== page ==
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2015 (3) TMI 851 - GUJARAT HIGH COURT

2015 (3) TMI 851 - GUJARAT HIGH COURT - [2015] 373 ITR 530 (Guj) - Proceedings initiated u/s 158BC - Tribunal accepting the additional grounds of the assessee which were raised after a lapse of 5 years of filing of second round of appeal and 14 years after the search to hold proceedings initiated u/s 158BC against assessee are void initio as the name of these assessees are not appearing in the authorization/requisition - Held that:- If a strict view is taken, one may say that the revenue could n .....

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by the revenue. It was for the revenue to controvert the said material by any contemporaneous record or otherwise. But, it appears that even as per the revenue, the contents of the Panchnama including that of non-appearance of the name in the authorization/requisition of the assessee, remained undisputed. Therefore, it cannot be said that the Tribunal did not give any opportunity to the revenue to meet with the additional ground. We do not find that a participation by the assessee in the earlie .....

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recorded herein above, admittedly, there was no warrant authorization on the name of the assessee and hence, the Tribunal has found the assessment as ab initio void, which, in our view, calls for no interference, on facts and on law. No substantial questions of law would arise for consideration - Decided in favour of assessee. - Tax Appeal No. 1254 of 2014, Tax Appeal No. 1260 of 2014, Tax Appeal No. 1261 of 2014, Tax Appeal No. 1263 of 2014 - Dated:- 9-3-2015 - Jayant Patel And S. H. Vora,JJ. .....

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the revenue. The same read as under: (i) "Whether the Hon'ble Appellate Tribunal has committed substantial error of law in accepting the additional ground of the assessee that since, the name of these assessees are not appearing in the authorization/requisition, proceedings initiated u/s 158BC of the Act against them are void initio without appreciating the fact that the order under dispute was passed in pursuance of an order passed by the Tribunal itself? (ii) Whether the Tribunal was .....

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ces, filed return, participated in block assessment proceedings and accepted the assessment proceedings and further participated in set-aside assessment proceedings and suffered an assessment as per the direction of Hon'ble Tribunal, without raising such contention." 3. As such, broad facts show that initially, there were assessment orders by AO for the year 1996. Such assessments were carried in appeal before the Tribunal since they were block assessment and the Tribunal disposed of th .....

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Tribunal on the point that the order passed under Section 158BC read with Section 254 of the Act is bad in law, invalid or untenable since no warrant authorizing search was issued in the name of the assessee, but on the basis of the warrant issued on the joint name as shown in the Panchnama as that of Arun Choksi, Sanjay Choksi and family and Jolly Tea (India) Ltd. and Jolly group of companies. The Tribunal initially vide order dated 17.8.2010, found that the additional ground being root of the .....

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that the part of the reasons recorded vide order dated 17.8.2010 was modified, but the ultimate additional grounds, which were so permitted, remained unaltered. It further appears that the revenue preferred Special Civil Application No.9044 of 2013 before this Court challenging modification and the reasons recorded by the Tribunal vide order dated 8.11.2012 and this Court in the said petition, vide order dated 13.6.2013, inter alia observed thus: "Ample opportunity will be given to the pet .....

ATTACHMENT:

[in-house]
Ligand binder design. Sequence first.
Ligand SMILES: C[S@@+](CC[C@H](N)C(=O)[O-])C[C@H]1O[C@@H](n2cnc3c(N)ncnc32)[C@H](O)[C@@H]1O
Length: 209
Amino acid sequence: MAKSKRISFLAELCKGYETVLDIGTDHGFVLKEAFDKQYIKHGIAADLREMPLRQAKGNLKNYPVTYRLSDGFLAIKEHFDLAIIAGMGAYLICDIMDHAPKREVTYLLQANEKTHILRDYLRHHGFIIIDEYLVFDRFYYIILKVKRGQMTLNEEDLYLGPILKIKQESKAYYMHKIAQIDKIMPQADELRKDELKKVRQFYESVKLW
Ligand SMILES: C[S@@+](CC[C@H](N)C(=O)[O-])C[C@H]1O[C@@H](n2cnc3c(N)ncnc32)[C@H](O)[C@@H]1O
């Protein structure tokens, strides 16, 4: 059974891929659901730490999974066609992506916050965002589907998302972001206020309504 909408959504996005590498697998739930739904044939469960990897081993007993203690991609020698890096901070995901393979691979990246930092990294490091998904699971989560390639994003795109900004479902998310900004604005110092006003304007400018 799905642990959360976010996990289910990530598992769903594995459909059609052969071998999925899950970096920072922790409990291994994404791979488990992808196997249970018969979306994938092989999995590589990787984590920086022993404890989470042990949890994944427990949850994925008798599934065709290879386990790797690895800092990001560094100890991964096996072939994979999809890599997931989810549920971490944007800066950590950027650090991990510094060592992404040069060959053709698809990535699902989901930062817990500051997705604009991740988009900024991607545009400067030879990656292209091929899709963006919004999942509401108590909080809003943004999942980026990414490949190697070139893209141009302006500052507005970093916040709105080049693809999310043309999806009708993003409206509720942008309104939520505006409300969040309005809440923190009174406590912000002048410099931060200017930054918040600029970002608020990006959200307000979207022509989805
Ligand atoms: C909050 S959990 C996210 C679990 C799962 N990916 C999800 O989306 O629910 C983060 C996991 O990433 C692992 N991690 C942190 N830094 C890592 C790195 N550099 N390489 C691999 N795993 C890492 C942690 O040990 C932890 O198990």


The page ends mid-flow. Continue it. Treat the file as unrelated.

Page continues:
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ccordance with law and on its own merits." 4. It appears that thereafter, the Tribunal heard all the appeals and passed common judgment and order, which is impugned in all the respective tax appeals. The reasons recorded by the Tribunal at para Nos.6 to 8 for ready reference can be reproduced as under: 6. After hearing both the parties in respect of preliminary contentions raised by the revenue, we are of the considered opinion that these objections should have been raised by the revenue at .....

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t; We are refraining ourselves from adjudicating these preliminary objections raised by the revenue. 7. Now coming to the merits of the additional ground, after hearing both the parties, perusing the record and case laws relied by both the parties, we find that in the Panchnama (filed along with additional ground) prepared by the revenue at the time of search in the column 'A' following narration is mentioned:- "Warrant in the case of :Arun Choksi, Sanjay Choksi and family and Jolly .....

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e are reproduced as under:- "292CC. Authorisation and assessment in case of search of requisition- (1) Notwithstanding anything contained in this Act- (i) it shall not be necessary to issue an authorization under section 132 or make a requisition under section 132A separately in the name of the each person; (ii) (ii) where as authorization under section 132 has been issued or requisition under section 132A has been made mentioning therein the name of more than one person, the mention of suc .....

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uthorization or requisition." 8. It is clear from the above that for making assessment u/s 158BC of the Act, it is not necessary to issue authorization u/s 132 or make requisition u/s 132A separately in the name of each person. Authorization or requisition in the name of more than one person is permissible. However assessment or re-assessment can be made only if the name of the person is mentioned in such authorization or requisition. Since there is no dispute about the fact that names of t .....